Ghost Stories of an Antiquary
by M.R. James
The Penguin edition I read contained both Ghost Stories of an Antiquary, first published 1904, and More Ghost Stories, published 1911. It’s surprising to think of these stories being written so late (realising that some, at least, were written at least as far back as the 1890s); there’s an apolitical conservatism, a Victorian stillness to them. The ghosts and horrors are never explicit, never broached directly, but approached elliptically. A review quote on the back cover speaks of the “academic reticence” of the style, which is as neat a way of putting it as any. And it gets at something else key to these stories; there’s a definitely academic tone to them, a concern with texts and provenance. With history, as well, and with thought; James expects his readers to think as they read, to assemble clues for themselves.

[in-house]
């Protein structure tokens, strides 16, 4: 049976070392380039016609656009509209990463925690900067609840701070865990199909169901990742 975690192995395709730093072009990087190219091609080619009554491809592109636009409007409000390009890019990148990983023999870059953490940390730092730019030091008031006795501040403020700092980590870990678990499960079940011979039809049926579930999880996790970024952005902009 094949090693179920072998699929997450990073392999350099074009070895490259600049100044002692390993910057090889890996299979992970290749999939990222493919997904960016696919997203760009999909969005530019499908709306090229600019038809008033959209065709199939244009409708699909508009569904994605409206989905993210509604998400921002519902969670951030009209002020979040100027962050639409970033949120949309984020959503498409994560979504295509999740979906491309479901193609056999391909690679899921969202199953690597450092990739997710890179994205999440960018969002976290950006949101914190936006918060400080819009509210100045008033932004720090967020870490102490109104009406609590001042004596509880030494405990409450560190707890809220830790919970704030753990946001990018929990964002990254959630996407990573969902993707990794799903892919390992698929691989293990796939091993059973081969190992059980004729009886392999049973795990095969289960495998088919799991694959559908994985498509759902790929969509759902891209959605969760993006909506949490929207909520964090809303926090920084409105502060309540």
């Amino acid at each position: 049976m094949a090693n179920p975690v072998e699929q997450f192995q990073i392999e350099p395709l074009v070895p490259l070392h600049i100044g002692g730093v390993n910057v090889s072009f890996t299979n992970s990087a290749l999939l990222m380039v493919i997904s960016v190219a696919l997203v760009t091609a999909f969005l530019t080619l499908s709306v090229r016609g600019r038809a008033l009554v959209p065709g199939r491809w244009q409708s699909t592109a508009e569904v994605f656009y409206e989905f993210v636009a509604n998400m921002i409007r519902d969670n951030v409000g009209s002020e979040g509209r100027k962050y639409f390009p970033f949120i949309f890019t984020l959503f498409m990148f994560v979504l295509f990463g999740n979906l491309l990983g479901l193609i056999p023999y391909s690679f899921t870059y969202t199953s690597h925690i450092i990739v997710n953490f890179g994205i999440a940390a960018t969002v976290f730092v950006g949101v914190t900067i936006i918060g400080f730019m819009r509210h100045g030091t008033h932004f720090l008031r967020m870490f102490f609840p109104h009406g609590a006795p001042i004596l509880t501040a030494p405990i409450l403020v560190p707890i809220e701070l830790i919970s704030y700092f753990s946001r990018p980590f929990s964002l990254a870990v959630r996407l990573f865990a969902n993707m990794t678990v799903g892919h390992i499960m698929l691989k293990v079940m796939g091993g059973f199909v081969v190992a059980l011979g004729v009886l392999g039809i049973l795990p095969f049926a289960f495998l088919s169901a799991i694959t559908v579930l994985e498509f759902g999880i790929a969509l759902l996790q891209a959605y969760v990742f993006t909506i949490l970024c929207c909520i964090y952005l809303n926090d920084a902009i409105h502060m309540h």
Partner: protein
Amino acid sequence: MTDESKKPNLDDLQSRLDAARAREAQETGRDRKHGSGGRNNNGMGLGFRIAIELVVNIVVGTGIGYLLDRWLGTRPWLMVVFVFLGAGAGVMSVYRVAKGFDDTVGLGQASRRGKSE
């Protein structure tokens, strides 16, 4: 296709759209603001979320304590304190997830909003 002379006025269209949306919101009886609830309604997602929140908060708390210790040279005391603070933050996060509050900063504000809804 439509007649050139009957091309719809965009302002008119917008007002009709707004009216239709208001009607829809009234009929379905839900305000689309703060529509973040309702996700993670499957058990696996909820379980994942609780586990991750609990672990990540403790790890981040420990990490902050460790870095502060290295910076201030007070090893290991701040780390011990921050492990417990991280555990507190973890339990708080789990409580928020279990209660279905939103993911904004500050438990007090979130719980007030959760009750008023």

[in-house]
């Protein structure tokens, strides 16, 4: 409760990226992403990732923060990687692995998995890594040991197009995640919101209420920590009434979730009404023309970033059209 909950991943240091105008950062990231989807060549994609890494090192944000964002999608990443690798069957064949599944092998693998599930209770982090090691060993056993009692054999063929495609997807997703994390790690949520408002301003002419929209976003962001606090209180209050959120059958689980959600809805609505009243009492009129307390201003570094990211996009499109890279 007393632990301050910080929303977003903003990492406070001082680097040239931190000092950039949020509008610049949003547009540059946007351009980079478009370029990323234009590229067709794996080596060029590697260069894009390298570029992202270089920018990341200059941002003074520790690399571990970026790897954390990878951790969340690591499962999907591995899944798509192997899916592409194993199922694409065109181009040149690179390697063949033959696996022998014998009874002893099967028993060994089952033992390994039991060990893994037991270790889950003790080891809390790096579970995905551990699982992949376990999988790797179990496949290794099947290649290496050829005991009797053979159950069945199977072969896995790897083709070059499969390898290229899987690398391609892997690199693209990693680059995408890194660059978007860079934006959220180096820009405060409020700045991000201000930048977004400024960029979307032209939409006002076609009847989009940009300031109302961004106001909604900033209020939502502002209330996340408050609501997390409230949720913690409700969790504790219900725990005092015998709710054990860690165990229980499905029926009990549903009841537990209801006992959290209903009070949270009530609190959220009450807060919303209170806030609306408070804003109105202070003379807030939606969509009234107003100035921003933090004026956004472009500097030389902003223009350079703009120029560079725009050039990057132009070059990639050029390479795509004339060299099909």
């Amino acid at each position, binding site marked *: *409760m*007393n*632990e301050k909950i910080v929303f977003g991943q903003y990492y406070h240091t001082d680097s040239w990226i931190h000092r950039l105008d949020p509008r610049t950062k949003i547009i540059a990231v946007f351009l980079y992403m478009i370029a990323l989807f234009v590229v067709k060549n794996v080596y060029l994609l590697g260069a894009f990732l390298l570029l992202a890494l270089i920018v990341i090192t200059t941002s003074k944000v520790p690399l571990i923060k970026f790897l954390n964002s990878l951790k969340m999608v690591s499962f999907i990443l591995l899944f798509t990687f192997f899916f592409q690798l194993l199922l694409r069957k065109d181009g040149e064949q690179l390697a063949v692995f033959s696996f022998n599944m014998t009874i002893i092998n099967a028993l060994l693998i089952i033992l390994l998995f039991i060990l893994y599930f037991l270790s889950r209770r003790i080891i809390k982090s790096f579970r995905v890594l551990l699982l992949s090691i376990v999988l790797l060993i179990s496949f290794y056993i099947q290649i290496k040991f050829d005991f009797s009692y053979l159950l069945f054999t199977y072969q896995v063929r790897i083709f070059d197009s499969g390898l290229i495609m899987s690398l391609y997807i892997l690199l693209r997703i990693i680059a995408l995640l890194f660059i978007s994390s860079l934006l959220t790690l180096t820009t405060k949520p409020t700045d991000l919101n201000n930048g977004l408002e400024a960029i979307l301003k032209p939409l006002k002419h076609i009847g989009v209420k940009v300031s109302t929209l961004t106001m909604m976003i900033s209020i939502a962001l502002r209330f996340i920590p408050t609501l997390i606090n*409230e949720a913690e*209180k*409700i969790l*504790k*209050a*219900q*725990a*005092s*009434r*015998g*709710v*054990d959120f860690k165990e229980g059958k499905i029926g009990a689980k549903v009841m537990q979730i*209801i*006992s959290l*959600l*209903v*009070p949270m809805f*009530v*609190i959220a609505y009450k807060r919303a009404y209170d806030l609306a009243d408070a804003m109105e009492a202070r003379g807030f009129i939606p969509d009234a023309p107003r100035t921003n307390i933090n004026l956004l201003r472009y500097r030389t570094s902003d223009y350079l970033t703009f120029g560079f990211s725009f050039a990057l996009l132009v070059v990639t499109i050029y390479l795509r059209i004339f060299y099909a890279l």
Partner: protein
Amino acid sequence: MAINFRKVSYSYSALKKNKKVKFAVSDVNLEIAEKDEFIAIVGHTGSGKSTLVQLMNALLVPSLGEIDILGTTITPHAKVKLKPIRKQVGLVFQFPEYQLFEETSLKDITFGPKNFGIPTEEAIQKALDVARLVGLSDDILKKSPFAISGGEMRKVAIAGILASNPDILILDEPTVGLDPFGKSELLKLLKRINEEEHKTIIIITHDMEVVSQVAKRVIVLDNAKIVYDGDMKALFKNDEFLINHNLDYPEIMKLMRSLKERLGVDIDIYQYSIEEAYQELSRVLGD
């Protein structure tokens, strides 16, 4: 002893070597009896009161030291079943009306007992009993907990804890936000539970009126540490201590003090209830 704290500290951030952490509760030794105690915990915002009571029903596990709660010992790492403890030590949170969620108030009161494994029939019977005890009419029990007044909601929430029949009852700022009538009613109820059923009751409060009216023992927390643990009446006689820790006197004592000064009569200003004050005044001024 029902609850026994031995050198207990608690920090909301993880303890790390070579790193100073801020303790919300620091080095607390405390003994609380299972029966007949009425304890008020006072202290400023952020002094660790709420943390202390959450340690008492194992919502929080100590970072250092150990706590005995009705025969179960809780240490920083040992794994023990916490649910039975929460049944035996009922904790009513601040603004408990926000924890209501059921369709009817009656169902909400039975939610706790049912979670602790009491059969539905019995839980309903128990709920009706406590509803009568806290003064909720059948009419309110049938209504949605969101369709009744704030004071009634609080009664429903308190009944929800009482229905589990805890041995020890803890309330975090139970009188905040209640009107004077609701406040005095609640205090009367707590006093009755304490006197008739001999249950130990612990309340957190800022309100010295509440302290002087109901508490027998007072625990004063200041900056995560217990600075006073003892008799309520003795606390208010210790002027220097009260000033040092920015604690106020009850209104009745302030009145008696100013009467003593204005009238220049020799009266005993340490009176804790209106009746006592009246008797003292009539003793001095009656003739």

It’s quite possible that James forsakes a certain amount of horror in his intellectual style; H.P. Lovecraft’s brief capsule description of the plot of “Count Magnus” (in his essay “Supernatural Terror in Literature”) is probably more frightening than James’ actual tale. But on the other hand, it allows James to lure the reader in, to almost let them forget that they’re reading a ghost story. James conveys the character of everyday life very well, an unobtrusive characteristic of his stories which helps to emphasise the fantastic when it does occur.